How to Write a Book…

This is a blog about how to write a book.

Note, it’s not a blog on how to write a GOOD book or a New York Times bestselling book. If I knew that, I’d be in Aruba writing off my expenses in a striped cabana instead of freezing my ass off in a cold Vermont basement.

No, this is for people who want to write a book, but don’t know where to start. In other words, this is the answer to the question I get the most from readers. (Aside from, “How would you like to review my ebook for free on Amazon?” Or, “How did you get my email? Please take me off your list.”)

In 1998, shortly after my solution to post-partum depression – BARBIE UNBOUND: A Parody of the Barbie Obsession – became a weird, national cult hit, I put this question to a local Literary Author. He appraised me, a frazzled working mother of two in her thirties, put down his linen napkin, patted his mouth and let a one-word pearl drip from his lips: “Wait.”

When I got older, after my kids left for college and I was done with motherhood, I would have time to write. It would be a joy. I would be ready. Then he talked about Annie Proulx and let me pay the bill. I smiled and silently wished gerbils would take up residence in his trousers.

I did not want to wait. I didn’t even need much hand-holding. I simply needed structure. I felt like a kid struggling with training wheels lusting after a sibling’s sleek racing bike. I wanted it so badly, but hadn’t a clue about balance, vision, pumping, and, especially, how to get up after a fall.

One year later, I sold BUBBLES UNBOUND and quit my day job, simply because I chose not to listen to a man.

So here is what the author should have told me, what I learned from other authors, all of whom were women.

  • Find a space. Your space. It doesn’t have to be a coffee shop or a deck overlooking a dramatic ocean. It can be a closet. A corner of your bedroom. One author started writing next to the oil heater. Another wrote in the bathroom because that’s the one place where her kids knew to leave her alone.
  • Buy a laptop. The cheaper the better. Turn off the internet.
  • Write. This might sound simple, but it’s not. It’s the hardest part. Write the vague story that’s been knocking around your skull while you’ve been filing TP reports or wiping bums. Just start getting it down.
  • Start to outline. I say start because I’ve found that outlines are never fixed for me. I do crave structure – 23andme says I’m 30% German! So that may be why I derive great satisfaction from seeing the story plotted out on paper – or sticky notes or a whiteboard. Don’t fall in love with your beautiful flow chart. As you get to know your characters, it will change. Or, rather, they will change you.
  • Let your characters rule. As they emerge, write a little bio about them, their hair color, nicknames, fucked up family life. Put those asides, er, aside. You will refer to them often when you can’t remember if Boopsie DeLila has red hair or red-tipped hair or is bald. Trust me. You don’t want to have to find your characters like they’re lost car keys in the laundry.
  • Don’t revise. Not now. Just….don’t. Think of the first draft as paint primer. Slap it on. You might find after you’ve done a whole wall (or, god forbid) a whole room, that it’s the wrong color. That’s okay. You will have a breakdown. That’s okay, too. Instead, if you absolutely cannot resist, then go back to the troublesome chapter and jot down a few notes. You can revisit them when the manuscript’s done.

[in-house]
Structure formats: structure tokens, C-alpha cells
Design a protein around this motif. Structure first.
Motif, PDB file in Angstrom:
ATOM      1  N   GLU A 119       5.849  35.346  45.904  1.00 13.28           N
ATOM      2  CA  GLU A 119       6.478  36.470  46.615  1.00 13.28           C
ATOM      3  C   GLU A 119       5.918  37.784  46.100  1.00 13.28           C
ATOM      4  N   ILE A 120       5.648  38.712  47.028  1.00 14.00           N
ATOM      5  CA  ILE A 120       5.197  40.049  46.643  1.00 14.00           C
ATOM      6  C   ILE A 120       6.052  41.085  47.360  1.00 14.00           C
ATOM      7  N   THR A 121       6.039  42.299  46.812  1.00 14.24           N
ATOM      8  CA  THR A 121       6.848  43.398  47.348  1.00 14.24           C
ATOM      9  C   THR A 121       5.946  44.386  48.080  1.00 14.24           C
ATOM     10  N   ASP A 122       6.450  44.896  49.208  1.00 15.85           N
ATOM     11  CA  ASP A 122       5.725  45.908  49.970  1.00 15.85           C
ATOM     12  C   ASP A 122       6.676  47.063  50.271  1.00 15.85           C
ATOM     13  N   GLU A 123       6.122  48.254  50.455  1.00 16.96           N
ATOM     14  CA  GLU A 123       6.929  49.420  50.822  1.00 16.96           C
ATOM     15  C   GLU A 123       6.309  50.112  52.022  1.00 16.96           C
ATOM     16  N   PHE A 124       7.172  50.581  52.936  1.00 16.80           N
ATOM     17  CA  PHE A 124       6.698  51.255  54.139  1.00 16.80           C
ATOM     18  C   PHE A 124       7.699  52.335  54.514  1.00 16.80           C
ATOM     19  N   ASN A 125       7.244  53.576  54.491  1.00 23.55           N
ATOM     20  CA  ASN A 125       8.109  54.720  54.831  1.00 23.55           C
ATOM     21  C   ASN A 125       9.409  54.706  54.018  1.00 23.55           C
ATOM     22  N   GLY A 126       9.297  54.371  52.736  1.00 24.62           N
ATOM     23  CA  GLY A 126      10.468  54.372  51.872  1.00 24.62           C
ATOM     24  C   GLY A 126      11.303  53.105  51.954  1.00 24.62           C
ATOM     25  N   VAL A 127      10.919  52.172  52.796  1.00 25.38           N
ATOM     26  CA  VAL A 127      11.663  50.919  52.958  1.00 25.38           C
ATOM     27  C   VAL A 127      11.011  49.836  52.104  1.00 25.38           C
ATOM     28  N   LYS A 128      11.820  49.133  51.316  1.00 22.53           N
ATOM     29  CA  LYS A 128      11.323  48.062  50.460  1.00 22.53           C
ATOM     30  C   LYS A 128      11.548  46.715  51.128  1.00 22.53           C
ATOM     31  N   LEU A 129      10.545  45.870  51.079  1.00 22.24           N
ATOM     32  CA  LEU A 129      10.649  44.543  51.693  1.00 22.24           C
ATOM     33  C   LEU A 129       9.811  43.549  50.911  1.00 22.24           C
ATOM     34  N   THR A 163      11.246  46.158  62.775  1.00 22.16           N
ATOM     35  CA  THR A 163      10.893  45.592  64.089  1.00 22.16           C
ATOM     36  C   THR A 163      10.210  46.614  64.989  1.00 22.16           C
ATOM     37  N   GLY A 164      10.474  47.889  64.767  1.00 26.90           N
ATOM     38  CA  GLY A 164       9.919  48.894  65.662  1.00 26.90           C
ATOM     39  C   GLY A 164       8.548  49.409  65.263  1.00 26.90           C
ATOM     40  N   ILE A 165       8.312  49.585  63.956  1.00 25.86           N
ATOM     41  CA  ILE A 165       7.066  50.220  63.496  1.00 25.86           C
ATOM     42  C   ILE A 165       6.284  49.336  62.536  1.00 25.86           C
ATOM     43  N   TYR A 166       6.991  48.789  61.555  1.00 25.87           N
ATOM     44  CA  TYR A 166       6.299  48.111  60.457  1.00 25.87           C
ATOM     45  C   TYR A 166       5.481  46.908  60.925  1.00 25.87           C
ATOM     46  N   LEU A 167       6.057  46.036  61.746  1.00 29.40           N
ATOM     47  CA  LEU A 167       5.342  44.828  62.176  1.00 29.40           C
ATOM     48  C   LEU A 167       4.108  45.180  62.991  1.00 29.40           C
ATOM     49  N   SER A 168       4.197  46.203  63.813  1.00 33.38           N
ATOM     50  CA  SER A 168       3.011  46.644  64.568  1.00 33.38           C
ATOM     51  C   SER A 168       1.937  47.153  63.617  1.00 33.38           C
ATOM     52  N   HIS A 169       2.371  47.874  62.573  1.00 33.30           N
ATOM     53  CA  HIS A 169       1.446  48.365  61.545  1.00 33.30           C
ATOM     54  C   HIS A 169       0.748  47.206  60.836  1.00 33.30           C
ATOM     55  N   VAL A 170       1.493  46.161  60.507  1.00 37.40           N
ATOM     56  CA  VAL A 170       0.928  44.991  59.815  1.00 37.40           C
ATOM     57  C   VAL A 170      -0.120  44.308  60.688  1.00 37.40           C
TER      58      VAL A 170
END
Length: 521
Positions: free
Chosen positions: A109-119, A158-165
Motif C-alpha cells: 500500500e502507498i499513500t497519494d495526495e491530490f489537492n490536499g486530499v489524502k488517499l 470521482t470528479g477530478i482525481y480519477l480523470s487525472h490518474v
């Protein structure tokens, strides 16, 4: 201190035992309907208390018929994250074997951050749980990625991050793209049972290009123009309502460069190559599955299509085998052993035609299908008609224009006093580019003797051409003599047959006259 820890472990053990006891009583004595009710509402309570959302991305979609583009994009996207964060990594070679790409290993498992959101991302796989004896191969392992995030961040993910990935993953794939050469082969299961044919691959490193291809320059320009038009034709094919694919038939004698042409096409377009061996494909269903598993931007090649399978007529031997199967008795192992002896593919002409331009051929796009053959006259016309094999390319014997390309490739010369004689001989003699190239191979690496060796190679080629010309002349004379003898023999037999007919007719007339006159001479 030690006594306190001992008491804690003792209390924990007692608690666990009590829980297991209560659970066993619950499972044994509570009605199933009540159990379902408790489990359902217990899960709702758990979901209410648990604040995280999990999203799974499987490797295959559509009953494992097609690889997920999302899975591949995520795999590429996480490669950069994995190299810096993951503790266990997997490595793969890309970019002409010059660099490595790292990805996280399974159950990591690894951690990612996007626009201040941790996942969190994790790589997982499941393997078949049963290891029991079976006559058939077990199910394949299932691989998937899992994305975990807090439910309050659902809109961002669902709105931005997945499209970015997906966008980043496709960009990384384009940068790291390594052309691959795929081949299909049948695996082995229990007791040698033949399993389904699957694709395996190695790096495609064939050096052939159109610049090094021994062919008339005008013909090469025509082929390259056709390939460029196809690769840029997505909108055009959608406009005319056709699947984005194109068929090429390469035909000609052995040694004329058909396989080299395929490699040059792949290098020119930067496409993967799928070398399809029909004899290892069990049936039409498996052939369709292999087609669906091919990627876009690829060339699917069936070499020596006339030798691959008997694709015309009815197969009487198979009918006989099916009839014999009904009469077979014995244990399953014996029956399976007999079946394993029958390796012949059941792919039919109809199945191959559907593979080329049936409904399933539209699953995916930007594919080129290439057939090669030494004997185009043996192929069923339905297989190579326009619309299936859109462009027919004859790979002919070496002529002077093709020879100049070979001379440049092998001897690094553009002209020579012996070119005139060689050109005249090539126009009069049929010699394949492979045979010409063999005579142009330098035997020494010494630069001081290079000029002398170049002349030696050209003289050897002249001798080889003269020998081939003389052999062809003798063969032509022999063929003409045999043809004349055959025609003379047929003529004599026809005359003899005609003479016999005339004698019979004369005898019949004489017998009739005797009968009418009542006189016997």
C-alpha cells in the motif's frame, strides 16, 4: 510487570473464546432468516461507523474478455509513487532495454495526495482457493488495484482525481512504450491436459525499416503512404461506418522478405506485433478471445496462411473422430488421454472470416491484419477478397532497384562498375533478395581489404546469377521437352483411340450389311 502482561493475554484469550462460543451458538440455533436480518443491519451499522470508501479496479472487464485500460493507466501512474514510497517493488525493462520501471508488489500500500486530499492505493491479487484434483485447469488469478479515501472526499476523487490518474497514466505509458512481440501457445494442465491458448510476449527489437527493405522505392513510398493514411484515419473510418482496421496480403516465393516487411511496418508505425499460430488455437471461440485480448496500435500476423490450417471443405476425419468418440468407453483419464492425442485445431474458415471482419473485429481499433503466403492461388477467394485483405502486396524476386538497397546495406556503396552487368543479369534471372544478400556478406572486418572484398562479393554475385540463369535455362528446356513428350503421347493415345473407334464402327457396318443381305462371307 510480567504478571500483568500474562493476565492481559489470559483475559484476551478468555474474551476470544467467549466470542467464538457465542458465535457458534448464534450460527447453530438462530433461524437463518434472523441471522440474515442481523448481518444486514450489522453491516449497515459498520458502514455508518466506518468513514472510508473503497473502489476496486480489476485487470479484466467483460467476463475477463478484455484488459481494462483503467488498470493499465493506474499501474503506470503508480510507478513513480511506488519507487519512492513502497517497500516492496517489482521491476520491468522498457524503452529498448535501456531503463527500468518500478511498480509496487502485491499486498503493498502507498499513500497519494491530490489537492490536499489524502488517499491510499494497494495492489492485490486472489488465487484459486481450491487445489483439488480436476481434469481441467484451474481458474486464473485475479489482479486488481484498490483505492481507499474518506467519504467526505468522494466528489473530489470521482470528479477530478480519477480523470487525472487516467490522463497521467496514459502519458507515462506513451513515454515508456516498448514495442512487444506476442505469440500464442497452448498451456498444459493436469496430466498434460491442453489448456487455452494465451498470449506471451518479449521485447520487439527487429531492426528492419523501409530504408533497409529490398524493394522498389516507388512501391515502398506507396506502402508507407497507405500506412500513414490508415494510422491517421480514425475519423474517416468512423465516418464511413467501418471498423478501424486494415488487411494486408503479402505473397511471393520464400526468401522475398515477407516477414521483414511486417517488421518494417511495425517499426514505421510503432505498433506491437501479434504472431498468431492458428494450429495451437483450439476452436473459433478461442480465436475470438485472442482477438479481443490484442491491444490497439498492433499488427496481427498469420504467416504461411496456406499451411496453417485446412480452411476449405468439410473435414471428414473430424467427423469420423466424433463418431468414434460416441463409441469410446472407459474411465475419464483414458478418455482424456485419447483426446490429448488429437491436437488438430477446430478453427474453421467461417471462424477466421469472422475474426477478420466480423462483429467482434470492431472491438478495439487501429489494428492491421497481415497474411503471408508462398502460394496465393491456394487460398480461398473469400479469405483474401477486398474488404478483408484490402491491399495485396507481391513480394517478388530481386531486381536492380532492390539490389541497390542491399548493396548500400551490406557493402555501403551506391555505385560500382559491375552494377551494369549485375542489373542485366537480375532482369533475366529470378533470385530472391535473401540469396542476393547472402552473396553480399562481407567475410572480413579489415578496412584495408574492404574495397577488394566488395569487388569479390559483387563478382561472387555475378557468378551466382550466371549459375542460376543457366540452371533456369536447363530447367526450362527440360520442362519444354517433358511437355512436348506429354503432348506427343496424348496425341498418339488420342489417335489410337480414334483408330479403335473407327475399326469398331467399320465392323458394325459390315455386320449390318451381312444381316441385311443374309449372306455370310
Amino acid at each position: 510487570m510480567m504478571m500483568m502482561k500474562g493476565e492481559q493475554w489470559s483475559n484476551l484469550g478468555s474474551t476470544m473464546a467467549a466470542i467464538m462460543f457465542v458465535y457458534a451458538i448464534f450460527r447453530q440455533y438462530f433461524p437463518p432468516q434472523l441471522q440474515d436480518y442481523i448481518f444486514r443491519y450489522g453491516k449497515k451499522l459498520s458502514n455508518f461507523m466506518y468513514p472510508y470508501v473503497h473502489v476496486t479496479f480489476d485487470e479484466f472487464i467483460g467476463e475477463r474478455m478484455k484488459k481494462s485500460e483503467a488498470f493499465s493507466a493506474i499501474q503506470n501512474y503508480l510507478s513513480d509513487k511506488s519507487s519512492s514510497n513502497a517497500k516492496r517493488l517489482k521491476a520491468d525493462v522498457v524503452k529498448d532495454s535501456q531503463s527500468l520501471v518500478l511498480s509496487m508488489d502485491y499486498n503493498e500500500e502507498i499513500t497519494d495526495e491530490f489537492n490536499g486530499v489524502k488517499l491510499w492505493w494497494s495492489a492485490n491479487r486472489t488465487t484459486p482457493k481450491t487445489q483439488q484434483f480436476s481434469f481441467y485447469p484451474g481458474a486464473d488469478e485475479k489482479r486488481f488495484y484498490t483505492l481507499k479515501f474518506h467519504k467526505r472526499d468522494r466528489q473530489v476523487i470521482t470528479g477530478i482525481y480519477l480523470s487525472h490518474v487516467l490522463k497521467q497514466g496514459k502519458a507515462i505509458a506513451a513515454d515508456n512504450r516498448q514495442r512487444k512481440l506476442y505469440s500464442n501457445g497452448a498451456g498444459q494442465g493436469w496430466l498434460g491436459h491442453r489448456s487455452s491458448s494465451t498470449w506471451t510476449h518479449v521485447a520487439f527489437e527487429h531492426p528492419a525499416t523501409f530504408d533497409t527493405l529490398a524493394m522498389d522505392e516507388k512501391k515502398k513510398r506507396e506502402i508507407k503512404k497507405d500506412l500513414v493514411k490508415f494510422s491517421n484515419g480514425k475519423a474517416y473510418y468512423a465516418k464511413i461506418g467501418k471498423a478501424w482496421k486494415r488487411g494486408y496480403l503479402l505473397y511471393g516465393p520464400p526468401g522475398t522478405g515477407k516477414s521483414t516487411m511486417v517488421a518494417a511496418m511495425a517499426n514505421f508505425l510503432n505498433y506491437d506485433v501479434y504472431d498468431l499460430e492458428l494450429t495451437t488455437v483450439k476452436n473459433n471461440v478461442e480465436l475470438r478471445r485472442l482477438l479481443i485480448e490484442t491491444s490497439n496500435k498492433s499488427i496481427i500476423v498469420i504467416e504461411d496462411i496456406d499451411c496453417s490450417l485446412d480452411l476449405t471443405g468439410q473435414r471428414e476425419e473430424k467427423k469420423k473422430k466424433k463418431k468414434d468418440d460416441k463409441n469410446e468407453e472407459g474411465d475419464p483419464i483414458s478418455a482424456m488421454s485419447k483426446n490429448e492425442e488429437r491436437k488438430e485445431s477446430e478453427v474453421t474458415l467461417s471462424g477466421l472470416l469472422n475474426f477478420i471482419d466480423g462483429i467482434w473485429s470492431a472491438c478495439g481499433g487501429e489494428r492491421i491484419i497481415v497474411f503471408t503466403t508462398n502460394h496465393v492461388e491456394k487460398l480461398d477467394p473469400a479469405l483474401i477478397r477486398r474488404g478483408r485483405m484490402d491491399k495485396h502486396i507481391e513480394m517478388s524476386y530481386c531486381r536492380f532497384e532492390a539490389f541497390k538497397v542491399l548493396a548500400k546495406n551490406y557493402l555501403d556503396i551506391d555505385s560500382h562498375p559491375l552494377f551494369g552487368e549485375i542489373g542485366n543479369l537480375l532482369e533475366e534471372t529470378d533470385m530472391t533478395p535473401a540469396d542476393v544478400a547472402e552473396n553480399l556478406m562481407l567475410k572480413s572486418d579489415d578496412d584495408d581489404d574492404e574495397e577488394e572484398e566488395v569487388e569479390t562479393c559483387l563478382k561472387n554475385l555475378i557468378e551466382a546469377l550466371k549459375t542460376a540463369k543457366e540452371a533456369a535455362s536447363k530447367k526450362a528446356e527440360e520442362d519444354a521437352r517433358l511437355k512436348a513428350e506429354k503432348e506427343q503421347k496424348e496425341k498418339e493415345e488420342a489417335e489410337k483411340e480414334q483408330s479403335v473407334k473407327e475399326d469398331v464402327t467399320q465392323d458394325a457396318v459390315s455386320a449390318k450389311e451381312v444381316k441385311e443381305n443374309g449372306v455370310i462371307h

• Don’t send a chapter to your boyfriend or your mother or your high-school English teacher. Kiss of death, is that. You put that story out in the world, you talk about it while it’s in draft form, and you let out the steam. You’re done, baby. You need that pressure. Keep yer goddamn writing to yourself.
  • Keep going. Nancy Martin used to say that page 150 was like chiseling through granite. She’s right. Just keep going. Nora Roberts said she could fix a bad page, not a blank one. She’s right, too. Keep going.
  • Write at least 500 words every day. Even if they suck. Even if you have the flu or are exhausted from a boss who just heaped a weekend’s worth of work on you Friday evening, if you’ve had a fight with your significant other. Write Friday night. Write Saturday morning. Write on the train on Monday. Write Wednesday at lunch.
  • Before you write those 500 (hopefully +) words, write two sentences about what you will write: Jodi and Eduardo will fall into the cave and find eight tentacles reaching for them. Eduardo decides to confess to Jodi that he loves her. Also, that in his spare time he is an amateur octopus hypnotist. This is the best piece of advice I’ve ever been handed.
  • Email your manuscript to yourself daily. This way, you will never lose your most recent draft. Date it and time-stamp it. Put a symbol like &&& where you left off because Word is a piece of crap.
  • When you’re done, put the book aside for two days. Read in your genre. Read an entire book. Or two. Get a good night’s sleep. Or two. You might sense a theme here – two.
  • Look at your notes from when you were tempted to rip it apart and start rewriting. Pat yourself on the back for not revising earlier because you’d still be on page 60.

And that’s it. Why stop at revise? Because, if you’ve made it this far, then you’ve written a book. See how easy that was?

Check in with me as you go along. I’m writing #18 now and it’s been slow going which is why I wrote this blog, to remember how to keep at it. But I’ll tell you one thing, I am so glad I DIDN’T wait when I was 37. If I had, not only would I have not published 17 books that were then published in more than ten foreign countries, along with one that was made into a TV movie, but I wouldn’t have published at all.

Keep the faith.

S

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